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How to consume news/information?

If you are not on the first page of a Google search you are effectively nowhere; perhaps if you are not in the first three search results you don’t stand much chance of getting viewed. This presents a problem of trust; we have to trust that the Google search algorithms are good enough to return factually correct information. Wikipedia was “about as accurate on science as the Encyclopedia Britannica, a study shows.” There is even a page on the reliability of Wikipedia. I might be one of a rare few that often get curious about the websites I might be missing, but even so, despite my curiosity, nine times out of 10 I click the first returned result.

I’ve wondered many times how I consume news. I rely on different forms of media (written, spoken and visual) across a range of platforms. But how can I ensure that I am not getting a bias, or that my bias is leading to information I want to hear in a way I want to hear it? If I walk past an A board in the street, or if I hear overhear a conversation on the train or see a random tweet on twitter can I be sure that I am getting the facts?

How should I stay up to date with the latest developments in a chosen profession?

  • Attend conferences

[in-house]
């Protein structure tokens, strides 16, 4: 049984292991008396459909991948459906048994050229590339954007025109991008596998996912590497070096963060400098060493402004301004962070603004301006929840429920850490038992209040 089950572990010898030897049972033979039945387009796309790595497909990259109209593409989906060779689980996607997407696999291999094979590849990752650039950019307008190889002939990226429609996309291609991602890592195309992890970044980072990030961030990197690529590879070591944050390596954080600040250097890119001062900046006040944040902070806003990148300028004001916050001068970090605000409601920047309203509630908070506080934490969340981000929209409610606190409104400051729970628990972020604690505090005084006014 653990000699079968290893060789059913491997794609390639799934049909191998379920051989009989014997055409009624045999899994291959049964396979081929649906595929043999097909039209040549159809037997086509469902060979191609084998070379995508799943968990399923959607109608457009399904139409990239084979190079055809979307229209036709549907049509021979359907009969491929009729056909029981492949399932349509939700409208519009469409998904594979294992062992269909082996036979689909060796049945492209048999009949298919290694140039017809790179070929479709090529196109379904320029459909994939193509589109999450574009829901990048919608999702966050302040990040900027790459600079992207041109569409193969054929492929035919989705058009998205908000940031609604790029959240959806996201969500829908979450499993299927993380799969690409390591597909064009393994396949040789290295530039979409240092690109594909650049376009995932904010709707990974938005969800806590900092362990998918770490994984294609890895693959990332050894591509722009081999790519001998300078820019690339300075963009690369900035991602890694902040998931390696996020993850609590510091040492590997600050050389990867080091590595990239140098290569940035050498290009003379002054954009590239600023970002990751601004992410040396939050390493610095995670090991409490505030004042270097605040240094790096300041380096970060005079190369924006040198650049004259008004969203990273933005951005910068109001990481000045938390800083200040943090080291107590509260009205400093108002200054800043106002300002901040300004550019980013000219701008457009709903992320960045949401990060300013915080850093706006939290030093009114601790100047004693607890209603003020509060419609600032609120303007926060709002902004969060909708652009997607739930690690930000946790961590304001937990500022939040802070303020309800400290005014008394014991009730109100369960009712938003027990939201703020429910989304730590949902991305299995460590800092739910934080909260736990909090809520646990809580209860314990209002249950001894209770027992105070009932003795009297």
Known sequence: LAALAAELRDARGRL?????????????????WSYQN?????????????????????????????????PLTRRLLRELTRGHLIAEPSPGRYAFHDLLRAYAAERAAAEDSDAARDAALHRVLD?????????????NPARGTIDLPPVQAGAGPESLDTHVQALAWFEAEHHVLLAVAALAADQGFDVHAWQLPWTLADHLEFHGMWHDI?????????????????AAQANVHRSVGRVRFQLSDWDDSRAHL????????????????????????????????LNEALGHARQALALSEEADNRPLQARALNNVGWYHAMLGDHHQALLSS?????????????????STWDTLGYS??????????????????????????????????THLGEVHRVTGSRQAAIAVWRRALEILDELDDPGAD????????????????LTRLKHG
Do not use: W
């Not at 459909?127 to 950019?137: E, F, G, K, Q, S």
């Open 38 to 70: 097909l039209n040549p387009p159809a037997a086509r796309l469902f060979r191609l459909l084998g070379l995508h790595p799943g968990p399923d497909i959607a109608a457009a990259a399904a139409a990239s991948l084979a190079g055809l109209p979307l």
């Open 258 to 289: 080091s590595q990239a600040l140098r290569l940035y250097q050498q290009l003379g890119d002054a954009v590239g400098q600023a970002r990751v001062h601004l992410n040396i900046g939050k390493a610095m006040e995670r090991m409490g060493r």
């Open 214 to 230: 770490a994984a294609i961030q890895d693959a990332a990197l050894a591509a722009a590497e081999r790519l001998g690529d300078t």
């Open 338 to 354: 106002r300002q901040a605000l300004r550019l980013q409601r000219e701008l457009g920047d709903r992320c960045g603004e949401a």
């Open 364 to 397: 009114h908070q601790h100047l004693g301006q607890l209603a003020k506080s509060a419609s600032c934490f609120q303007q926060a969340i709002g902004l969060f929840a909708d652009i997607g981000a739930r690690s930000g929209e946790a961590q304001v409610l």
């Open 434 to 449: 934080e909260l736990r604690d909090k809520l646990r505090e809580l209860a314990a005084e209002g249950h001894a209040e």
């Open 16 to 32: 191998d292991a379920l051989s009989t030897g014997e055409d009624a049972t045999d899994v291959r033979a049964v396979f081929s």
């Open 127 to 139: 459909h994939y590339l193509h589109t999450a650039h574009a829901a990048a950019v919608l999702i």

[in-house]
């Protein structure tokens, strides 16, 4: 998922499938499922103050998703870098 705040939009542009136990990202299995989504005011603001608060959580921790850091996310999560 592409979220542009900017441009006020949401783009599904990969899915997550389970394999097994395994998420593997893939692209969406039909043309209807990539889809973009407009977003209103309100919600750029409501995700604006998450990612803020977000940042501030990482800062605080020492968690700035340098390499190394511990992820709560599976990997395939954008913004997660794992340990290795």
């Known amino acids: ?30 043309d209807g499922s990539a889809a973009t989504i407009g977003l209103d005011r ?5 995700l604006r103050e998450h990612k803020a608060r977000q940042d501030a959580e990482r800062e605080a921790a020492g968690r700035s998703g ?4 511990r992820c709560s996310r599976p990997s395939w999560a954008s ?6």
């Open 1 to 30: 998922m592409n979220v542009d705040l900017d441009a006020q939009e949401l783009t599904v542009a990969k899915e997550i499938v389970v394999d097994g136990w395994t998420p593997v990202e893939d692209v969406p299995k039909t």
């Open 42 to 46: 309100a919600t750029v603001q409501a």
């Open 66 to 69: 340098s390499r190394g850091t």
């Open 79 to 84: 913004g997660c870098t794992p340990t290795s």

• Read ‘trusted’ material (peer reviews papers?)
  • Read ‘non trusted’ material (blogs?)
  • Conversations with peers or external people
  • Google Alerts
  • Join associations/societies
  • Search the web / Twitter / YouTube etc

ESRI posted 50 videos

(seemingly the playlist is 55 now) from the latest user conference

Most are over an hour long, that means to consume all this information you will need over 50 hours of focused time. It is surely a great resource and I doubt that ESRI would expect you to watch every video, but they give us the choice. Luckily there is a synopsis for example

“Survey123 for ArcGIS is a simple and intuitive form-centric data gathering solution for creating, sharing and analyzing surveys in three easy steps. Create smart forms with skip logic, defaults, support for multiple languages, and much more. Equip field workers with mobile devices to capture data in any environment, with minimal training.”

This helps a lot, but even so when you have 50 videos to scroll through and find the one (or many) that appeal to you, you need to a) know what you are looking for and b) have an efficient in-built filter mechanism (your brain).

It takes certainly takes motivation and an interest in a subject, but to keep up to date a continuous learning strategy is critical.

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